Dani asked a very good question on Sunday . What do you use to amend the soil?
She has a new ‘Florida Cracker Rose’ that needs to be planted . I don't grow that rose, but I grow 'Louis Philippe' also known as 'The Florida Rose' . In commerce it’s usually called ‘Louis Philippe’, but pass-along roses often go by local names . The reason I wonder is that I know 'Louis Philippe' is tolerant of sandy soil and root-knot nematodes, whereas other roses that I grow are less so . So I'll go out on a limb and assume that Dani's rose is ‘Louis Philippe’ and that she has sandy ground . This is what I do .
- I dig and turn the whole area around the rose’s new spot, say about 4' x 4' – not just a hole big enough for the plant - and down at least two lengths of the shovel head ( deeper would be better ) . I do this because the native soil is usually compacted plus the amendments need to go as deep down as possible and out from the plant as well . If I come across any good-sized tree roots, I leave them in place, kind of hanging across the hole, hopefully, low enough so the rose fits . Once I get it dug and turned over I amazingly seem to have more soil, but it’s really the same amount just fluffed up and not compacted anymore .
- Then I remove enough of the sand so that the amendments will fit .
- I should also say that I have started laying down a thick layer of newspaper in the bottom of the dug-out area ( which requires removing the soil out of the hole ) . The newspaper will slow down the downward water flow and eventually decompose, but in the meantime the roots won't be able to move through it and will get well established in the amended area before they venture out into the native ground where there isn't much nutrition and where danger may lurk . Eventually and slowly all this good amended stuff will migrate deeper so keep applying the compost as a topdressing in the spring .
- For 'Louis Philippe' in this size area I would spread one bag each of compost ( homemade or bagged composted cow manure - not mushroom compost which I've read is bad for roses ), soil conditioner which is pine fines ( ground up pine bark - Fafard is one brand ), and store-bought topsoil over the dug area . For roses other than 'Louis Philippe' I’d remove more sand and add more than just one bag of each amendment, because they're probably more susceptible to nematodes and need all the organic matter they can get . Not all areas of Florida have root-knot nematodes, but you have to have a soil test to know if you don't . According to the UF / IFAS Extension, these nematodes don't like the acids that are released by decomposing organic matter . Organic matter improves water and nutrient retention and is the food for the microorganisms which digest / decompose it, changing it into a form that is usable by the plants . This decomposition process takes about three weeks . That's why they're slow-release . Plants like microbe poop . So add the organic matter, and the microbes will come .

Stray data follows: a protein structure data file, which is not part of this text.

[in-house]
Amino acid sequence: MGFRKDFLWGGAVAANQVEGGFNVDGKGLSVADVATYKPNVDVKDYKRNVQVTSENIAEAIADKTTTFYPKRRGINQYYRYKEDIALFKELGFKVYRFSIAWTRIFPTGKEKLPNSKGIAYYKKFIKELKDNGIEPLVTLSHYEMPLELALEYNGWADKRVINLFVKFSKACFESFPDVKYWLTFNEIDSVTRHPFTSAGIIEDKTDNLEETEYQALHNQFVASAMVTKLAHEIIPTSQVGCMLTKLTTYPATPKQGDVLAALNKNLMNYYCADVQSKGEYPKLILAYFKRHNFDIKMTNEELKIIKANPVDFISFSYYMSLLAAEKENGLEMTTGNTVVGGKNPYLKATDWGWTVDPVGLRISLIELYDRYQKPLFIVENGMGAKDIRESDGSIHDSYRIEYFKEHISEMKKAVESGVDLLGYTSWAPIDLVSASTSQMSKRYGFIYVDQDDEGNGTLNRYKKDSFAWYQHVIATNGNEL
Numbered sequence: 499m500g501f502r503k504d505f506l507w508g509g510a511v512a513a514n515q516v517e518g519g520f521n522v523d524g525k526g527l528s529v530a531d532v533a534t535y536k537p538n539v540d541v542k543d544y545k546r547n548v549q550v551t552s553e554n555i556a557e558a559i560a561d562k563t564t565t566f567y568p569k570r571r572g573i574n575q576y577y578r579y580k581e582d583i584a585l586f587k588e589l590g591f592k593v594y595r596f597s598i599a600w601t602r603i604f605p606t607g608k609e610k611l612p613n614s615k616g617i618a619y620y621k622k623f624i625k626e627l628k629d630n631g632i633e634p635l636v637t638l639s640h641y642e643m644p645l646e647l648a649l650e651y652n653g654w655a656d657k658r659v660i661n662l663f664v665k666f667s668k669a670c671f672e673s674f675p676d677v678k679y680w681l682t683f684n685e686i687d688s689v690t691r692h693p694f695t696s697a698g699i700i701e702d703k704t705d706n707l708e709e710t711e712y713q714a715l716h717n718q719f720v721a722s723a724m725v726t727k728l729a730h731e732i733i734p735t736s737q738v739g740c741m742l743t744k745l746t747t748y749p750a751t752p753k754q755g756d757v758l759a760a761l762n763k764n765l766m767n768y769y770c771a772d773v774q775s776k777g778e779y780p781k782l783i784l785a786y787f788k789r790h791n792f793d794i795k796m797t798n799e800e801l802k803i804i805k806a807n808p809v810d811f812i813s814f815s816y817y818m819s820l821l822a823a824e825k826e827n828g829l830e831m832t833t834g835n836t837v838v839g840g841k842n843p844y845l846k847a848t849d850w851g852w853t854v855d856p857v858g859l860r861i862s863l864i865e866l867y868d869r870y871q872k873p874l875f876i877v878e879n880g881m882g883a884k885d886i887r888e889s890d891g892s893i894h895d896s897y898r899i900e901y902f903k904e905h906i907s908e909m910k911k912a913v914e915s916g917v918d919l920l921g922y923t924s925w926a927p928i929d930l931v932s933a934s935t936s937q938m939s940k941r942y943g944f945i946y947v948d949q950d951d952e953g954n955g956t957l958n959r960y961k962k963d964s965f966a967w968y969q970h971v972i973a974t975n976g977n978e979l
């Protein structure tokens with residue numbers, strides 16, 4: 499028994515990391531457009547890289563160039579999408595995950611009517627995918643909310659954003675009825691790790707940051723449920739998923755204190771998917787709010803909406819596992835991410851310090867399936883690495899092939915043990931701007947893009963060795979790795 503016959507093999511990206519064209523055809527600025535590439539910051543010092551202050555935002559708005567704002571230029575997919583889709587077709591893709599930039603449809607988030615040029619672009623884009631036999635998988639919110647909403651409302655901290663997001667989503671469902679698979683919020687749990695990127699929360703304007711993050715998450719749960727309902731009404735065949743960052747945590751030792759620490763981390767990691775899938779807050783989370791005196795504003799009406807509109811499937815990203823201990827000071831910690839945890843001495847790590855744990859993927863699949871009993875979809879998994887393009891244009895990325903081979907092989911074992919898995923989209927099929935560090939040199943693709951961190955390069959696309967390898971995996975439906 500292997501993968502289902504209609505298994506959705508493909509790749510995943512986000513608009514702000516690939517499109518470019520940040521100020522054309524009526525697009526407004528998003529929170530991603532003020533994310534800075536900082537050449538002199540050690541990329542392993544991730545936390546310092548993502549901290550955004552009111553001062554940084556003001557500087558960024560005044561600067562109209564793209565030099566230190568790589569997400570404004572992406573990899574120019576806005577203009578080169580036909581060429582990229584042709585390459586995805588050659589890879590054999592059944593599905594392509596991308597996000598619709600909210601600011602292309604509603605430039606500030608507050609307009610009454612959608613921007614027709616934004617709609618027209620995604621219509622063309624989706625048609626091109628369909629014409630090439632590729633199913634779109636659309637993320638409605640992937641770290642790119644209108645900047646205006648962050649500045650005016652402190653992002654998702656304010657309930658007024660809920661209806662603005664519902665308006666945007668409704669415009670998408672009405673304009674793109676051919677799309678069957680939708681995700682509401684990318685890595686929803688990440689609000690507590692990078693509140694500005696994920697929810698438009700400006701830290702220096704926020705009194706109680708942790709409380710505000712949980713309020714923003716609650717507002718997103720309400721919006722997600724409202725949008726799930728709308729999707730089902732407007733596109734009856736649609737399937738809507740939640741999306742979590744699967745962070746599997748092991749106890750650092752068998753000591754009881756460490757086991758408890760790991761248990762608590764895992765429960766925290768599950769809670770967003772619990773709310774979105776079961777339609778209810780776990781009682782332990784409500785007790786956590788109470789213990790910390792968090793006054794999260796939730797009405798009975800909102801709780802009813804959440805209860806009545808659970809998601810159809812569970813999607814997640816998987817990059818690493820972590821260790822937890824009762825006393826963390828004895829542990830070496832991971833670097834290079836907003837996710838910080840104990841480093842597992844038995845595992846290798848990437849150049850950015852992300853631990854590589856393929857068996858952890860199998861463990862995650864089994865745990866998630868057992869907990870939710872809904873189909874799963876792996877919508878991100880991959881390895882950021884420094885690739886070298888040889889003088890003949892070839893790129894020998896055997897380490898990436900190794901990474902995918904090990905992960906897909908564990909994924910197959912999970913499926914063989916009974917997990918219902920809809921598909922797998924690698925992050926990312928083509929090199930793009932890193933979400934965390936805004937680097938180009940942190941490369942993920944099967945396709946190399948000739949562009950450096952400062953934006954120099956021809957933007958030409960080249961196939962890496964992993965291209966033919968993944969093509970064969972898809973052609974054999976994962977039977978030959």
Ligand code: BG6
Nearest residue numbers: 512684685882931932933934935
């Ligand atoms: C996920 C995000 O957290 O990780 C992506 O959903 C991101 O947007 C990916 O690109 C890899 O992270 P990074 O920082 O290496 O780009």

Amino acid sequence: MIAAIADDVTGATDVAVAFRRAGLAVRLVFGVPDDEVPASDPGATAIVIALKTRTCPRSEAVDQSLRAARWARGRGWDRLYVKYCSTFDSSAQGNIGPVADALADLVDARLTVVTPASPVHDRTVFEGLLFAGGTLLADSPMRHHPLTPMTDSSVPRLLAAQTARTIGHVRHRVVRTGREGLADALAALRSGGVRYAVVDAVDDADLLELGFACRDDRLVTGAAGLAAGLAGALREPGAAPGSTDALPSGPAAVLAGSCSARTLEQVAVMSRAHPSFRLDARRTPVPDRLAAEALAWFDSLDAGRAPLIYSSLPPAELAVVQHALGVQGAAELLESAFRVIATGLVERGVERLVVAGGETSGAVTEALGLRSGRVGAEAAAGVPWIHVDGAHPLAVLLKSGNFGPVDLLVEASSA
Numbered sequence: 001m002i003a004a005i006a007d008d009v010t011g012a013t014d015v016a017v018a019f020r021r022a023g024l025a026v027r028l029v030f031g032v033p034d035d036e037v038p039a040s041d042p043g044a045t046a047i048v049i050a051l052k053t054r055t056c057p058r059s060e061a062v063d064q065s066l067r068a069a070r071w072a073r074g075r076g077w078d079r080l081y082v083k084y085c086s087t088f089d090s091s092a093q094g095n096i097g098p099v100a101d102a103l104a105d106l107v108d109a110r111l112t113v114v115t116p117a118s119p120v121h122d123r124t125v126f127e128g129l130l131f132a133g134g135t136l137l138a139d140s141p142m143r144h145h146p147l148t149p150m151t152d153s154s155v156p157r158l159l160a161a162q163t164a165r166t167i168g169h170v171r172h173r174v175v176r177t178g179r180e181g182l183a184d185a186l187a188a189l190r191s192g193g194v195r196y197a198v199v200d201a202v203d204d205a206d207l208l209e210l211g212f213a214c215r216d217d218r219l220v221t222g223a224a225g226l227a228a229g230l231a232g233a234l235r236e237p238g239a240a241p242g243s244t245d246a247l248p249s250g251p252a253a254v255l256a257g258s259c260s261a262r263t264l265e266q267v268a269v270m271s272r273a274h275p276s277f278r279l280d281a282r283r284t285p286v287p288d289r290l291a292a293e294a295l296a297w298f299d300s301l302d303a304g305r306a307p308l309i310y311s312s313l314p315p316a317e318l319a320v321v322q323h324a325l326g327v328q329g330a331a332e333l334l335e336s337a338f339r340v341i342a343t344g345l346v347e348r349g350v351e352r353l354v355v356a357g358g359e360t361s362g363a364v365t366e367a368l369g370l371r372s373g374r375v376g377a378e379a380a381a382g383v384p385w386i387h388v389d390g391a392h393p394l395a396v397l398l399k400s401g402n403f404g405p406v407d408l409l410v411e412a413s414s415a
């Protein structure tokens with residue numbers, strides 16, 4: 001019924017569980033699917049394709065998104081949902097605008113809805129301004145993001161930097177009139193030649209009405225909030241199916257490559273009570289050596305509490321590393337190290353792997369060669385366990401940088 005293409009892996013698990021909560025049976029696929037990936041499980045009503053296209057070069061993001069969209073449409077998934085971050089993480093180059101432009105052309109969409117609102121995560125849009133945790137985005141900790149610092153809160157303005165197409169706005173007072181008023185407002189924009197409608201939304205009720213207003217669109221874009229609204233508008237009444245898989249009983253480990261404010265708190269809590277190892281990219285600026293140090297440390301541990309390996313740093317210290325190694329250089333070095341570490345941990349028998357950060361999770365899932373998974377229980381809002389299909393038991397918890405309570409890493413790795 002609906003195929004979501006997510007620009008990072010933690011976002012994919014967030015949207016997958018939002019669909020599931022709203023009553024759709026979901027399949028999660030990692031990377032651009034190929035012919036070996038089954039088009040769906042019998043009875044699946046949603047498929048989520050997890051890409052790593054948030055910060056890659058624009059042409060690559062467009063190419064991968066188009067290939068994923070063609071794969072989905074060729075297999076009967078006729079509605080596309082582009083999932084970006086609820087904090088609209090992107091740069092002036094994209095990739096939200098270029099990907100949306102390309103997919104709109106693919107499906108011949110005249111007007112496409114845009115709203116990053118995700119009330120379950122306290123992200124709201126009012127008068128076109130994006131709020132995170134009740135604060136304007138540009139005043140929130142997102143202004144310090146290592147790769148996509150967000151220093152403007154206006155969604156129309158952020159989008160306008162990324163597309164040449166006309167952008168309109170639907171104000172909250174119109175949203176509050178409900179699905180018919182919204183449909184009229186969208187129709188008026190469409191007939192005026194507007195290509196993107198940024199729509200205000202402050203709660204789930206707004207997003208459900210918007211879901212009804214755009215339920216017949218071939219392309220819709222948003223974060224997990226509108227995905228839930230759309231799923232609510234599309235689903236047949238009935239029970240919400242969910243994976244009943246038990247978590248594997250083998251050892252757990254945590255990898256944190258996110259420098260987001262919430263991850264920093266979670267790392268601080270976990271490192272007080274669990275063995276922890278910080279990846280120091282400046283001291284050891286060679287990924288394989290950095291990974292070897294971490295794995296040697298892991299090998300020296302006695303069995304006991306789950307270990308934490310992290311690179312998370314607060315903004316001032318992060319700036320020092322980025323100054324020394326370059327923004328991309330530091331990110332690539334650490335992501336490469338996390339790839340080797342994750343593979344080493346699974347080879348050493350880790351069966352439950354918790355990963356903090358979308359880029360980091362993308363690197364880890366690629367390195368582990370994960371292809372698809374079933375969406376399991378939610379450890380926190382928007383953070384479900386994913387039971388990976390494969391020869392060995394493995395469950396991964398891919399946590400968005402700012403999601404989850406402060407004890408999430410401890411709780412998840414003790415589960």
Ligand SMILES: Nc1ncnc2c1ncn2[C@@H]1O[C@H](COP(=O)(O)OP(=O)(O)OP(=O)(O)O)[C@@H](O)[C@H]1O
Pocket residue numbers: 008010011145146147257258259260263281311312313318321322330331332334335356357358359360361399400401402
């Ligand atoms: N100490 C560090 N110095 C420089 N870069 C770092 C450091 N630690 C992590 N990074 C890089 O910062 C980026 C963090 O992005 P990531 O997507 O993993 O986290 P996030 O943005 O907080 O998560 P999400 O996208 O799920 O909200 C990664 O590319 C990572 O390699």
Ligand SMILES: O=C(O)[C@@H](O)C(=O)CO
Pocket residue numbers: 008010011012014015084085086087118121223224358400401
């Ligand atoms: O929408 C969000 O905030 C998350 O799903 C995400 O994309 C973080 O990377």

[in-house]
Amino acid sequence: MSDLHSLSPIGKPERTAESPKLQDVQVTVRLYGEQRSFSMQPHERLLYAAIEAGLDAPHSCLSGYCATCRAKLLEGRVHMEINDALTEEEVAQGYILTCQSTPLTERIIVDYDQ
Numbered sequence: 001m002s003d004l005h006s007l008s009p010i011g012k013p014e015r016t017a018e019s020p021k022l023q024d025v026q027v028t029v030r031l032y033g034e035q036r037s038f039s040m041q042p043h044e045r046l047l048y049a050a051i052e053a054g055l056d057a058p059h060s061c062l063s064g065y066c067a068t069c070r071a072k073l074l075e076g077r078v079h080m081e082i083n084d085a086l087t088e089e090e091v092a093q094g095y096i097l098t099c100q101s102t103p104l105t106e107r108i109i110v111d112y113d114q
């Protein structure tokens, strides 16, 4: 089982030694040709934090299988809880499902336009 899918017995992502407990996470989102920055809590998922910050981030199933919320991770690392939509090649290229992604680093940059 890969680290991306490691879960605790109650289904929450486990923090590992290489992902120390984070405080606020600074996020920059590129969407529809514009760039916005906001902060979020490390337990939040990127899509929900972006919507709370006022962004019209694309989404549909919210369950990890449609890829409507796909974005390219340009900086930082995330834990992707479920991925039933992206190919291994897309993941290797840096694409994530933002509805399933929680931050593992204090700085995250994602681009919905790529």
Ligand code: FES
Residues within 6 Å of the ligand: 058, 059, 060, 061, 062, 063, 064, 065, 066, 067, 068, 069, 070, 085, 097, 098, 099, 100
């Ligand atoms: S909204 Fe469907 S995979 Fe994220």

- Then I sprinkle several ( approximately 4 ) cups each of alfalfa pellets ( remember my post on alfalfa and all the minerals it contains? ) and Milorganite ( earthworms love it ), a cup of epsom salts, and about four cups of some organic fert such as Rose-Tone or Holly-Tone over the bed . This may seem like a lot of "fertilizer", but it's all slow release and is going to transform this sand which is devoid of nutrients and leaks like a sieve into a fertile sandy loam that will hold some water . Actually, you aren't feeding your plants with all of these amendments . You are creating a new environment where they can send out their roots easily and absorb the nutrients they need .
- Incorporate all of this together by turning it over and over until well mixed . A fork works good for this . The sand will not look decidedly different when you're done . In fact, it will look disappointingly the same except for the clumps of black "dirt" and bits of alfalfa scattered through it, but in six months it will all be uniformly black . In a few years it will be even better .
- When the area is done, dig a hole for the plant, add three dollops ( about a tablespoon each ) of bone meal around the edge of the bottom and a cup or two of both alfalfa and Milorganite .
- If you have mycorrhizae ( Rooter's is a brand I buy on Amazon.com ), sprinkle the wet rootball with a teaspoon or so, making sure that the granules are touching roots .
- Then back fill and flood the whole bed with water a few times . None of the amendments will start doing their job until they are wet . Water the rose daily for about a month . Dry dirt is organically inactive dirt . So add mulch to conserve moisture . In my garden it doesn't require much daily water ( a 30-minute micro-misting ) to keep the dirt moist/damp . I think the daily misting keeps a steady flow of moisture migrating down through the soil so even if the top seems a little dry at the end of the day, it's OK, but with mulch it should stay damp .
This just seems like a lot of work, because it is . Fortunately, sand is pretty easy to dig in . I have never just stuck a rose in the ground without amending the area, so I can't say what will happen if you don't do this, but maybe you can if you've ever planted a rose before and it slowly croaked . Sadly, amending just a little hole won't really accomplish much . ( I always think of those innocent roots going out into that cruel world of compacted sand, and I shudder. ) I never said growing roses in Florida was easy, but it is very doable . Besides the strenuous work there's only one downside to all this amending . It is that the beautiful new soil and the worms that will live in it will be an engraved invitation for armadillos - at least in my neighborhood... But that's another post .